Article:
After months of speculation, it’s finally official. U.S. wireless carrier Verizon has reached a deal to acquire the core assets of struggling Internet company Yahoo.

In a Monday announcement, Verizon said it will acquire Yahoo’s operating business as part of a $4.83 billion cash deal.

According to previous reports, Verizon beat out four competitors in the third and final round of bidding, including AT&T, Quicken Loans founder Dan Gilbert, Vector Capital Management, and private equity firm TPG, to snag Yahoo.

Verizon said assets in Yahoo’s operating business include a number of “premium content brands” in categories including finance, news and sports, as well as its email service, which had 225 million monthly active users as of January. Verizon will also be acquiring additional technology assets from Yahoo, including Brightroll, a programmatic demand-side platform; Flurry, an independent mobile apps analytics service; and Gemini, a native and search advertising solution.

The Yahoo assets will be integrated with Verizon’s other Internet acquisition, AOL, under Marni Walden, EVP and President of the Product Innovation and New Businesses, the carrier said. Verizon did not make any mention of the future of current Yahoo CEO Marissa Mayer.

Verizon said the acquisition of Yahoo’s assets, which come with an audience of 600 million monthly active mobile users, will extend its reach to more than 1 billion users between AOL and Yahoo.

“Just over a year ago we acquired AOL to enhance our strategy of providing a cross-screen connection for consumers, creators and advertisers,” Verizon CEO Lowell McAdam said in a statement. “The acquisition of Yahoo will put Verizon in a highly competitive position as a top global mobile media company, and help accelerate our revenue stream in digital advertising.”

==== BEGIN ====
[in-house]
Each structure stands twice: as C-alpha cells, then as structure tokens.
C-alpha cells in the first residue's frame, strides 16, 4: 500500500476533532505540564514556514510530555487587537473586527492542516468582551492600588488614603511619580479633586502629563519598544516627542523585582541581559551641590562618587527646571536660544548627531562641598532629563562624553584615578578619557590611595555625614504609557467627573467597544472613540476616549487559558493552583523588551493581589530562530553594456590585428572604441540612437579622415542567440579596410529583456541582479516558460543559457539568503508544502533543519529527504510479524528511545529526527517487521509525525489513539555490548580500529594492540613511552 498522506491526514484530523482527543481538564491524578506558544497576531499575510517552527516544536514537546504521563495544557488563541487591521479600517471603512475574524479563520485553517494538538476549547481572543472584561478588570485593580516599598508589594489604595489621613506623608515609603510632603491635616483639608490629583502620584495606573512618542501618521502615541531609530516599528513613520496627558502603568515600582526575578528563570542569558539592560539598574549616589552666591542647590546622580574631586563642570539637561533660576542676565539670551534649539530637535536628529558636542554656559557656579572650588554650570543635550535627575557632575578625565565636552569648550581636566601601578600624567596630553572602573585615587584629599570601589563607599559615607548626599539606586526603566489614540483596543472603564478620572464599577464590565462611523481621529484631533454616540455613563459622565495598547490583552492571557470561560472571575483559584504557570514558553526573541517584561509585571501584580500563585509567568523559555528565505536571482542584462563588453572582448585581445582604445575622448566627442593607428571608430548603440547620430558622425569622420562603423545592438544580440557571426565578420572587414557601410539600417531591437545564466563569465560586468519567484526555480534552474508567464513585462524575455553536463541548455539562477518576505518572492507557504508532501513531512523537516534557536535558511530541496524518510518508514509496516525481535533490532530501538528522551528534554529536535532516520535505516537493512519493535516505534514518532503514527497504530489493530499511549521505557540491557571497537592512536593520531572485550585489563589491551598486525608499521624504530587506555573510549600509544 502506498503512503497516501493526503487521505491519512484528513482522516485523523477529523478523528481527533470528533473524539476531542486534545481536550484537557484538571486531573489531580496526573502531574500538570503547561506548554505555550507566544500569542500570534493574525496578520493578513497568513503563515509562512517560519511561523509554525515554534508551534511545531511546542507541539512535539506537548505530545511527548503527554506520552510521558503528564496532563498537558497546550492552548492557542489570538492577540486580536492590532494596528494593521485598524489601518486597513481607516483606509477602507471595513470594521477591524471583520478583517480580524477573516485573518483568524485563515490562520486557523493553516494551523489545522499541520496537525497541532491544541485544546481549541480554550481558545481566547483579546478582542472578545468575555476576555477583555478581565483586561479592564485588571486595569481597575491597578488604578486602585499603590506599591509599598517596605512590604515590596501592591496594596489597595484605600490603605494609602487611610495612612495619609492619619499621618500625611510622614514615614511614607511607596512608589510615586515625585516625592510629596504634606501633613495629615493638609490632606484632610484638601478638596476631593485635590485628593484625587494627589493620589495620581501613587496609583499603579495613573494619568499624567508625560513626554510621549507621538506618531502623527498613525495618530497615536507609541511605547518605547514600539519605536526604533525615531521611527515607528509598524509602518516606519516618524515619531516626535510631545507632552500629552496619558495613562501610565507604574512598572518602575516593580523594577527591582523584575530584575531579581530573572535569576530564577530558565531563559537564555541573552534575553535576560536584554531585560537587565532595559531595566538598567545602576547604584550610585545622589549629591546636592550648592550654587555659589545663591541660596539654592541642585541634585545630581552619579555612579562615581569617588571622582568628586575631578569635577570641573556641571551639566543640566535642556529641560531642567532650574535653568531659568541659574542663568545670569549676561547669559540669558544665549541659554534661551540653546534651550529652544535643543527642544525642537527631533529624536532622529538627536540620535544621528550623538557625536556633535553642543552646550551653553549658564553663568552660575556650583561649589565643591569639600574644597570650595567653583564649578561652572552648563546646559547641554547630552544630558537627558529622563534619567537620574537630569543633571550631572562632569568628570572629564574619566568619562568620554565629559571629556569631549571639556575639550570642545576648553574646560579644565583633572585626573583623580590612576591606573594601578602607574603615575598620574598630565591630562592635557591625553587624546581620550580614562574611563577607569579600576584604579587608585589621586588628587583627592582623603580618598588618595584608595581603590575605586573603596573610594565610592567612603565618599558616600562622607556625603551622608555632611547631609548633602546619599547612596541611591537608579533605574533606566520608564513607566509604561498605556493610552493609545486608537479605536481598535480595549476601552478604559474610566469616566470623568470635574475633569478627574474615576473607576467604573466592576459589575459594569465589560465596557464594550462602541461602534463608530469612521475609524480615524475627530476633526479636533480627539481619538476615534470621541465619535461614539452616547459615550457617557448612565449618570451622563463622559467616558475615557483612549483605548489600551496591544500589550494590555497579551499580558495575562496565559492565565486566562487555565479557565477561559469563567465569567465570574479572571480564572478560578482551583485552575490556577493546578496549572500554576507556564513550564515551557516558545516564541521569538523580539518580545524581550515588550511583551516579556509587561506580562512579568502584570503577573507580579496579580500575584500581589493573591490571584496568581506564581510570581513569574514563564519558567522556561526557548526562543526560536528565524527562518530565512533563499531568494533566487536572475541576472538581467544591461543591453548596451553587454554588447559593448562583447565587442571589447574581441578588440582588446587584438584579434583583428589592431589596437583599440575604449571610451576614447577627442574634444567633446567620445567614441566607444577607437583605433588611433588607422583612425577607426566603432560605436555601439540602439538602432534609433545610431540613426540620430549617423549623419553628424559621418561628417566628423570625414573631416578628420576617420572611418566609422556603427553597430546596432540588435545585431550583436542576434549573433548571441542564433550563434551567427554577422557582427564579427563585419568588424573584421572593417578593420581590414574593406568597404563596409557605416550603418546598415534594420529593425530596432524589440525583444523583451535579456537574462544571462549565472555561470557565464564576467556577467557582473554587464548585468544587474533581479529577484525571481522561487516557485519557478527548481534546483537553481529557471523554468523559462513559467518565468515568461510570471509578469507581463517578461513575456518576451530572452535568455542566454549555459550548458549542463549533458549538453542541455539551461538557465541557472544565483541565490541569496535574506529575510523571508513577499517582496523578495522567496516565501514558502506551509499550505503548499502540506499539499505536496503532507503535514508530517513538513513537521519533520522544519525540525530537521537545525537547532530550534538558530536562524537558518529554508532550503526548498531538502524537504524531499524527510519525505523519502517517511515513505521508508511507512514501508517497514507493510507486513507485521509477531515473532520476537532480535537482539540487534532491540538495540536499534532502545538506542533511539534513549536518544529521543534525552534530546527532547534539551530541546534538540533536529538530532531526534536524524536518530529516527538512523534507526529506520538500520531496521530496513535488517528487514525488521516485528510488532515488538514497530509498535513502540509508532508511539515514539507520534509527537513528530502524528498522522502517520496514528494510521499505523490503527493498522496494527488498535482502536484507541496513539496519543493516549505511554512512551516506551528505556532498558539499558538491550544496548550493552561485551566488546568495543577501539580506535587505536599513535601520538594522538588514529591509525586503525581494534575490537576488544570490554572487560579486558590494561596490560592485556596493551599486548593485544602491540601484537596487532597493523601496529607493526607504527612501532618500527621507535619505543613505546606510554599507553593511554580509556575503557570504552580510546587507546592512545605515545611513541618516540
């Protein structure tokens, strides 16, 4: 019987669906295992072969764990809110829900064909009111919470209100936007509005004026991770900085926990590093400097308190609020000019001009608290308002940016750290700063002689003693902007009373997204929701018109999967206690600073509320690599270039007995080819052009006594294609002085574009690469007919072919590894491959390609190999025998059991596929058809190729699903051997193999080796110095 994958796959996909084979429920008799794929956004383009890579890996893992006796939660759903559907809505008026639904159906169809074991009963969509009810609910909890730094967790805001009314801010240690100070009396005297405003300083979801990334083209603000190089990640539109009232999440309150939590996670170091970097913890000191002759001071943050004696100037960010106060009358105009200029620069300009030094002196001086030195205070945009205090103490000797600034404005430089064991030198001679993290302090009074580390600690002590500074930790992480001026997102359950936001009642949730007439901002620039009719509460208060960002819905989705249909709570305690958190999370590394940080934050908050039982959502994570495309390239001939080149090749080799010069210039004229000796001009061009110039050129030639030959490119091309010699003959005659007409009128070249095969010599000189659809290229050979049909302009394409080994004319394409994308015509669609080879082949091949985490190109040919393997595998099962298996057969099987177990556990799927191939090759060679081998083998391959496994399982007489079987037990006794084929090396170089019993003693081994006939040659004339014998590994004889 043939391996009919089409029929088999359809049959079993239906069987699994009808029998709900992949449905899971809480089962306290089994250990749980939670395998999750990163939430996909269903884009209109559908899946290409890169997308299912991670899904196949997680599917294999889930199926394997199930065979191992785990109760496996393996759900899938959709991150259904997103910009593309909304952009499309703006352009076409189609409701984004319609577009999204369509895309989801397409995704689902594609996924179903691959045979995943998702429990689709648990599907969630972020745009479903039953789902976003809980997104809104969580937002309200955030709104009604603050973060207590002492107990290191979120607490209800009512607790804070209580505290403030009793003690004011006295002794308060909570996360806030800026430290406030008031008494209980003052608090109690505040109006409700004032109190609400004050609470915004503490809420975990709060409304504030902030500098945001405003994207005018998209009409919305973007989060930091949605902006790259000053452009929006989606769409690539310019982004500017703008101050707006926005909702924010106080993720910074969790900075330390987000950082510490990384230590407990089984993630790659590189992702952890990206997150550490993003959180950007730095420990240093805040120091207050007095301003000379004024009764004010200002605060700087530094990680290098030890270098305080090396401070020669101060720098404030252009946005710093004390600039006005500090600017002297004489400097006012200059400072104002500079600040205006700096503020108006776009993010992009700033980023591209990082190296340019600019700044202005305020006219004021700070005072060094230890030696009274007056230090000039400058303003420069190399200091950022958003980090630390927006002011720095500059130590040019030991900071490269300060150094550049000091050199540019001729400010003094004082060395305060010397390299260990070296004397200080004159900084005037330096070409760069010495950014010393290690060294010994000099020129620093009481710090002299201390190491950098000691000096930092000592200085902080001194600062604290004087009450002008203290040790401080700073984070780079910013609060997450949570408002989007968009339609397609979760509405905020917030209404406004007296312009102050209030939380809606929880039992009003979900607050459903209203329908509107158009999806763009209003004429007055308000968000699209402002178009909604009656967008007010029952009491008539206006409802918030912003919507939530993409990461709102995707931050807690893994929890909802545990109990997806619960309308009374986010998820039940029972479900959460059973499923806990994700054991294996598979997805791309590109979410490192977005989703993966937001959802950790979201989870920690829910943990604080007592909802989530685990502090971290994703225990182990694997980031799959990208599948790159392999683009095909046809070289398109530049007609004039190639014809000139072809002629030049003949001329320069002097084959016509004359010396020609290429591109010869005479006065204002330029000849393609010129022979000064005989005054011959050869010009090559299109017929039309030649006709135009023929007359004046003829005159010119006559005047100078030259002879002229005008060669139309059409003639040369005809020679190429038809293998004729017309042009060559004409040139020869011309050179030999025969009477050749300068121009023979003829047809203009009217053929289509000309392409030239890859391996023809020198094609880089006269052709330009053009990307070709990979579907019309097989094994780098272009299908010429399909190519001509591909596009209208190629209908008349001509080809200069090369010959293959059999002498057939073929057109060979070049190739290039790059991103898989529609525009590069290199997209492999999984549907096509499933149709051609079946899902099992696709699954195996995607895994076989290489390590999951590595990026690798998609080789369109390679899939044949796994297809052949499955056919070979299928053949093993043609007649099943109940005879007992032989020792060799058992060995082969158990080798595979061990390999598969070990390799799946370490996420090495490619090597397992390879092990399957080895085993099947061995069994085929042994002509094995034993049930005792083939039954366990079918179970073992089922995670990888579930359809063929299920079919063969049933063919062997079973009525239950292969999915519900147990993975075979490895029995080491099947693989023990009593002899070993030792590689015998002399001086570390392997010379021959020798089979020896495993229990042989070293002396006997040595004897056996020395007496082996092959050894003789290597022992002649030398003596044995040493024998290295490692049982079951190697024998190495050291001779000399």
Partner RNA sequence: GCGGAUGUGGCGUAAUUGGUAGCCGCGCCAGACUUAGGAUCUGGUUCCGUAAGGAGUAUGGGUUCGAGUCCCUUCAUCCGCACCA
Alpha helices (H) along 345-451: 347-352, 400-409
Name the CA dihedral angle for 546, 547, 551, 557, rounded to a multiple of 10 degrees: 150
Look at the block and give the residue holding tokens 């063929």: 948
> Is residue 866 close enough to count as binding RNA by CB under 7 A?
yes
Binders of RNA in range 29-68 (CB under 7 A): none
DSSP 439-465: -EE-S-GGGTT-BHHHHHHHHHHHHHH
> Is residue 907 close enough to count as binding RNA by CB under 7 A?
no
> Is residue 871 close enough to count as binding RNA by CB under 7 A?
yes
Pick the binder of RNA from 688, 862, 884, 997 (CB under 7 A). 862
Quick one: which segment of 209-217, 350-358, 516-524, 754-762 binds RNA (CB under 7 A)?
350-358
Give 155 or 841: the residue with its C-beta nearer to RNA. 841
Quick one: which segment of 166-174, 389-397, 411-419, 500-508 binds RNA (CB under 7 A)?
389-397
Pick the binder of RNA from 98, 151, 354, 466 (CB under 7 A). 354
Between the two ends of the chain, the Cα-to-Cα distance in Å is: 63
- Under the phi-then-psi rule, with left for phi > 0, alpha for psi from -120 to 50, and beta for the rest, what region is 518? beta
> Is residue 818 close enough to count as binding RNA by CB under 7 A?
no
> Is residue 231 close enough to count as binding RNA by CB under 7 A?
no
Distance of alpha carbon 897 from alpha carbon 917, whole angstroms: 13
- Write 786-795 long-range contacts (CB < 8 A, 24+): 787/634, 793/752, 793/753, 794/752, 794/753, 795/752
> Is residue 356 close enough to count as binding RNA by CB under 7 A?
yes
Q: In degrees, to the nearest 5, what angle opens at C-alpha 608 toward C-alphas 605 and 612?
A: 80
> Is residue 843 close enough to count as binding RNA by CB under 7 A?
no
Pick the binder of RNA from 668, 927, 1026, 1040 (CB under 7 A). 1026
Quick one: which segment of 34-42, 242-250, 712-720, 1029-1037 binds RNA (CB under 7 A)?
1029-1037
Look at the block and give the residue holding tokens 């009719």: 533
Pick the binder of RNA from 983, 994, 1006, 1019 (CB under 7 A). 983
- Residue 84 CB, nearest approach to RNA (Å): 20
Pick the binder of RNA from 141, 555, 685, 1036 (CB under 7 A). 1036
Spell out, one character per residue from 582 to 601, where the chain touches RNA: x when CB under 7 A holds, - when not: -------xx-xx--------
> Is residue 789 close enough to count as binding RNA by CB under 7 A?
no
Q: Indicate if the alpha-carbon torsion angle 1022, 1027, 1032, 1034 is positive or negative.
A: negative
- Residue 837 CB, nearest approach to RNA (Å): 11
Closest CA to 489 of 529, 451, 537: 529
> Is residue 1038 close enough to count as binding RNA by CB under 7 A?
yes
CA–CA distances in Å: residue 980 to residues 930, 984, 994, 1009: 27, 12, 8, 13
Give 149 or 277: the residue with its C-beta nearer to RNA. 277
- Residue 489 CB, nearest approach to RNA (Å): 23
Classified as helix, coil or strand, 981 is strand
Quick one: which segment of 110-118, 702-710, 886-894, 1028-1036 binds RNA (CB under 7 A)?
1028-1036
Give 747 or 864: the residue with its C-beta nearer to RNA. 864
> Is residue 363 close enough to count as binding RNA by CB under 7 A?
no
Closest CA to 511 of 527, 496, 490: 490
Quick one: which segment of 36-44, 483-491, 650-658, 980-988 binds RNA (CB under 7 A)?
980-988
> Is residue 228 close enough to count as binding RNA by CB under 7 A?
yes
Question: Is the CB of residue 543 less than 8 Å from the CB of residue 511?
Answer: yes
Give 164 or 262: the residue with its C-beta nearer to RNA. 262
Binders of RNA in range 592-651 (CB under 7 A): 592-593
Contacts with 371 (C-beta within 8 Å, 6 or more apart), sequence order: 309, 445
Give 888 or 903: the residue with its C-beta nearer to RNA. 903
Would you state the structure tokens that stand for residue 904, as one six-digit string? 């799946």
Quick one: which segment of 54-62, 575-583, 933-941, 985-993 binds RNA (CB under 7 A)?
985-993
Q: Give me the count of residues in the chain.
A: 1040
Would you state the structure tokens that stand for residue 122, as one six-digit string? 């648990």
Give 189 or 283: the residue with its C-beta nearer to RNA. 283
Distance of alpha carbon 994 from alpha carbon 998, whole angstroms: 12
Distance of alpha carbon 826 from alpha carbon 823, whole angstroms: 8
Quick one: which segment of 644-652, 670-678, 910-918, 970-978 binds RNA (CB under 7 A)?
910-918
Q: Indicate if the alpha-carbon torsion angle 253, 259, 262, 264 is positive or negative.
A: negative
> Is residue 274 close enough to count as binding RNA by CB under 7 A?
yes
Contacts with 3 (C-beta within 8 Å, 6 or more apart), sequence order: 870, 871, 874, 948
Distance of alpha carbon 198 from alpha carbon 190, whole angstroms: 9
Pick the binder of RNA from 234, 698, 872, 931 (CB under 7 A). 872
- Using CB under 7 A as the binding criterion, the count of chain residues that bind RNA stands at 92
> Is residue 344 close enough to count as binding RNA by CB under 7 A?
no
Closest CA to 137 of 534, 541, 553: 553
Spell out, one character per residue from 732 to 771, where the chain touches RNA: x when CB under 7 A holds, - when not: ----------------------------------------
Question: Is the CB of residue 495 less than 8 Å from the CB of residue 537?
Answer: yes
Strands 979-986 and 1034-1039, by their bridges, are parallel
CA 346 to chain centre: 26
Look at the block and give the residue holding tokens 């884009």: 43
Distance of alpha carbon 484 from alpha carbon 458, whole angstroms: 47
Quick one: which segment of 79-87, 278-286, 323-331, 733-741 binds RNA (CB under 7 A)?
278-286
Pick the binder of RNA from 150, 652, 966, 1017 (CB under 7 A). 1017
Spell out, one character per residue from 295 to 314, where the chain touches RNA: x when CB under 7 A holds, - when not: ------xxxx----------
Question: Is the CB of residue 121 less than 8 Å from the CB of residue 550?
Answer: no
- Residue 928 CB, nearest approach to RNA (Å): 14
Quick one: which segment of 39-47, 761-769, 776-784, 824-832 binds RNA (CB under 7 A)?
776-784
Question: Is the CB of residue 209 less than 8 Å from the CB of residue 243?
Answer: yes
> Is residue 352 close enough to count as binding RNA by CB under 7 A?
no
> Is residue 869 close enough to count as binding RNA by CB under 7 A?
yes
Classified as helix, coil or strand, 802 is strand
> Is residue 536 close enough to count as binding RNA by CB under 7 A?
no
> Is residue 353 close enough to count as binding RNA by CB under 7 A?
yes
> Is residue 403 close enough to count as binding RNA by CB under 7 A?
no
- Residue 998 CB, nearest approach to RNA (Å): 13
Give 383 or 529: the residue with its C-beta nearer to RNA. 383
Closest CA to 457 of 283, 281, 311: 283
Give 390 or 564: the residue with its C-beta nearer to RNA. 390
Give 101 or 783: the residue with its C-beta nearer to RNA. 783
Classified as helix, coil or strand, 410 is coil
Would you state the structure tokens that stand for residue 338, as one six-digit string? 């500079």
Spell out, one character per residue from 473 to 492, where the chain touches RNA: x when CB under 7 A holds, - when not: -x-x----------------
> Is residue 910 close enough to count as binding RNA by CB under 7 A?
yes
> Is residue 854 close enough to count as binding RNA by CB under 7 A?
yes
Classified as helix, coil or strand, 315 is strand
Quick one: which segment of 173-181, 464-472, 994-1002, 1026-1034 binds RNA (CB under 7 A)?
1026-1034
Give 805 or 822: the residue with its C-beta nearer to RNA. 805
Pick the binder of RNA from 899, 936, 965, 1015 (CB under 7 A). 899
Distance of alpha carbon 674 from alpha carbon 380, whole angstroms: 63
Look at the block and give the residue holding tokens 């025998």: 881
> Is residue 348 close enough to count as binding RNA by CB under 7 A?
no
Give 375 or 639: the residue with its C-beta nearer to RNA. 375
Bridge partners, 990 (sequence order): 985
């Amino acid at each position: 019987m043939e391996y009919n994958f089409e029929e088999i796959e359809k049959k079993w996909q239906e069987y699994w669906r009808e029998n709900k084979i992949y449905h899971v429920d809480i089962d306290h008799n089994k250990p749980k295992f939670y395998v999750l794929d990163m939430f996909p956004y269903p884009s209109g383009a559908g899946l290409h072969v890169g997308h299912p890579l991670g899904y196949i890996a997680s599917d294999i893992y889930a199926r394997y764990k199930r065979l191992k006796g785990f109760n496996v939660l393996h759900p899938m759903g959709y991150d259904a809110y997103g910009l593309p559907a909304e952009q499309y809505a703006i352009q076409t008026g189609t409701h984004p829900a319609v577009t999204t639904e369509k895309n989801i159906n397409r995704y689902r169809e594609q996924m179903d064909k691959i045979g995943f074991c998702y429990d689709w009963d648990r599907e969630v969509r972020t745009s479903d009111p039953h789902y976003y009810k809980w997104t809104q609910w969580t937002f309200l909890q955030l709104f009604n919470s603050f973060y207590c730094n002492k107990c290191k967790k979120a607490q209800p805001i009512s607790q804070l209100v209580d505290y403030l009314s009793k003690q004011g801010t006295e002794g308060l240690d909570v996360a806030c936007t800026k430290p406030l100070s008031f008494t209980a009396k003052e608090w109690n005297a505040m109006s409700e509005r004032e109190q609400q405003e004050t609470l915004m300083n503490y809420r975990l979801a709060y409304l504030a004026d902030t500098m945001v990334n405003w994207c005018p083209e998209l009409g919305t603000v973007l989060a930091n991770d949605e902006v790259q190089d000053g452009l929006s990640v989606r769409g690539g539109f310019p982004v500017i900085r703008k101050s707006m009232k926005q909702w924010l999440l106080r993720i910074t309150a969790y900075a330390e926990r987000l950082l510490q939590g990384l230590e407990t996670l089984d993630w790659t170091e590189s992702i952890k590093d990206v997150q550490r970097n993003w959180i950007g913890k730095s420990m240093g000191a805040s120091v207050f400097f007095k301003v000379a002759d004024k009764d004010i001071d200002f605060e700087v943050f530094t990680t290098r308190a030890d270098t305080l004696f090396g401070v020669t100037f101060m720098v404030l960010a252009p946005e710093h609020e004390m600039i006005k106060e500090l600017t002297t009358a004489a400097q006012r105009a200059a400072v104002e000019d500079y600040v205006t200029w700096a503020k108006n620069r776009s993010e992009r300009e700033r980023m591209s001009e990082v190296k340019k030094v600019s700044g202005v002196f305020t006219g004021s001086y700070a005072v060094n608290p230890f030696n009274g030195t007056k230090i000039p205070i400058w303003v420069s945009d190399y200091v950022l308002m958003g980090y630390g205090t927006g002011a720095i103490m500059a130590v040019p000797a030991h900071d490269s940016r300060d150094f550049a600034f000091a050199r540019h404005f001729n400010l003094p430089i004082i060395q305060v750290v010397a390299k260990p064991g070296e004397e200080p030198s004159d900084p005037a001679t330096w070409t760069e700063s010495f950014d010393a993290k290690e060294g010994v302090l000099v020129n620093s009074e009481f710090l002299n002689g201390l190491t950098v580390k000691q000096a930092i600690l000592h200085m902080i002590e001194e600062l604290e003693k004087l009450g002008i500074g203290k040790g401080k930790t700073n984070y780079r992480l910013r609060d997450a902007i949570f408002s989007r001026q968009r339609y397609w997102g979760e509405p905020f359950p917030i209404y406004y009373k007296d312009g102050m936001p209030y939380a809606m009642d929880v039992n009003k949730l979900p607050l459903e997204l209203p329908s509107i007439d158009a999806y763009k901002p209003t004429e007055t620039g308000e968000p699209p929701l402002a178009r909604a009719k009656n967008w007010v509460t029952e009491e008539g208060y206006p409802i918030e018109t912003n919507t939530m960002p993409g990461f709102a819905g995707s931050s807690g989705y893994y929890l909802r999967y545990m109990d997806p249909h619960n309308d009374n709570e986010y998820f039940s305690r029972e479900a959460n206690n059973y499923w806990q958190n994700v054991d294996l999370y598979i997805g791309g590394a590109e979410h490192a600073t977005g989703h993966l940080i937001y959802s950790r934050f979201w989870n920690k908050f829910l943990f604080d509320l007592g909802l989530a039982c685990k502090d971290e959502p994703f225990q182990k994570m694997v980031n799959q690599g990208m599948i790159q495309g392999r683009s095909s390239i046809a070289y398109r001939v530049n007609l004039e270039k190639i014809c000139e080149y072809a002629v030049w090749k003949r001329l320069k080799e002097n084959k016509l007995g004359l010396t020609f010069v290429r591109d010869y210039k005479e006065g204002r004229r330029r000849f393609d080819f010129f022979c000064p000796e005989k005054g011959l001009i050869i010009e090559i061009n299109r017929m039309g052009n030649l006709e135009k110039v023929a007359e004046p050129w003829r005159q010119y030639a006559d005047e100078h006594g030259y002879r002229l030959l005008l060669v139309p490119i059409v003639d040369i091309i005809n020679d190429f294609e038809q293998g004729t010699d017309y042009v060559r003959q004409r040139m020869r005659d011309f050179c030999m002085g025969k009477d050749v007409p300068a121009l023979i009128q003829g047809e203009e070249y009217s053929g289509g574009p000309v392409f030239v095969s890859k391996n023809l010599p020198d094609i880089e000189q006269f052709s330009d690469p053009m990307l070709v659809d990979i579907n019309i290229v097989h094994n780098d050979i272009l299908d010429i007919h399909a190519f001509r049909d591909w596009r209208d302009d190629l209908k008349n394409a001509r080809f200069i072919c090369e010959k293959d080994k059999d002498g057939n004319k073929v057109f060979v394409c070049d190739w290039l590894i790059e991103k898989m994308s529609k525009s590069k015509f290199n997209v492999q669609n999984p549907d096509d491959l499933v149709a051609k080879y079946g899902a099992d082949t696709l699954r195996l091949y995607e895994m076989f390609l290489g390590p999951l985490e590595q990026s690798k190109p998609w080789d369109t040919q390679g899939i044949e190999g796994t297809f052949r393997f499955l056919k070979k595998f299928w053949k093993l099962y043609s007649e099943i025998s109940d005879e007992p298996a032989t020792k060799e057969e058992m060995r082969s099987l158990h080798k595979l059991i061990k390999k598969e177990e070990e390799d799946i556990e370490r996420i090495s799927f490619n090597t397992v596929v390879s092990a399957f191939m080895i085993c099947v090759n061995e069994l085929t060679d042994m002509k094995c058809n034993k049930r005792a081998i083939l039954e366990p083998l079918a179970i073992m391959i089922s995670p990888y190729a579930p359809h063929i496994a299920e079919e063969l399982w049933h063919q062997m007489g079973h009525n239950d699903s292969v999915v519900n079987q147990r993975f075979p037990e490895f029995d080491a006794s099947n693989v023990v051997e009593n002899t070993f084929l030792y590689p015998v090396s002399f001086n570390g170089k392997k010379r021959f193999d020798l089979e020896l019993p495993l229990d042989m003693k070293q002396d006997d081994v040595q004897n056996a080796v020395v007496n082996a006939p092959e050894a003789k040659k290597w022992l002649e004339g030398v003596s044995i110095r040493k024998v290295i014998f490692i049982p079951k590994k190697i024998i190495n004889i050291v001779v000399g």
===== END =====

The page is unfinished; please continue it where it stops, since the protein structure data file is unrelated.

According to Verizon, the sale does not include Yahoo’s cash, its shares in Alibaba Group Holdings, its shares in Yahoo Japan, Yahoo’s convertible notes, certain minority investments, or Yahoo’s non-core patents, also known as the Excalibur portfolio. Assets not included in the sale will continue to be held by Yahoo, which will change its name at closing and become a registered, publicly traded investment company, Verizon said.

Yahoo will provide additional information about the investment company at a future date. Yahoo also plans to return substantially all of its net cash to shareholders. Details of that plan, including timing, will come at a later date.

The deal is expected to close in the first quarter of 2017, Verizon said. Yahoo will continue to operate independently until the closing, Verizon said.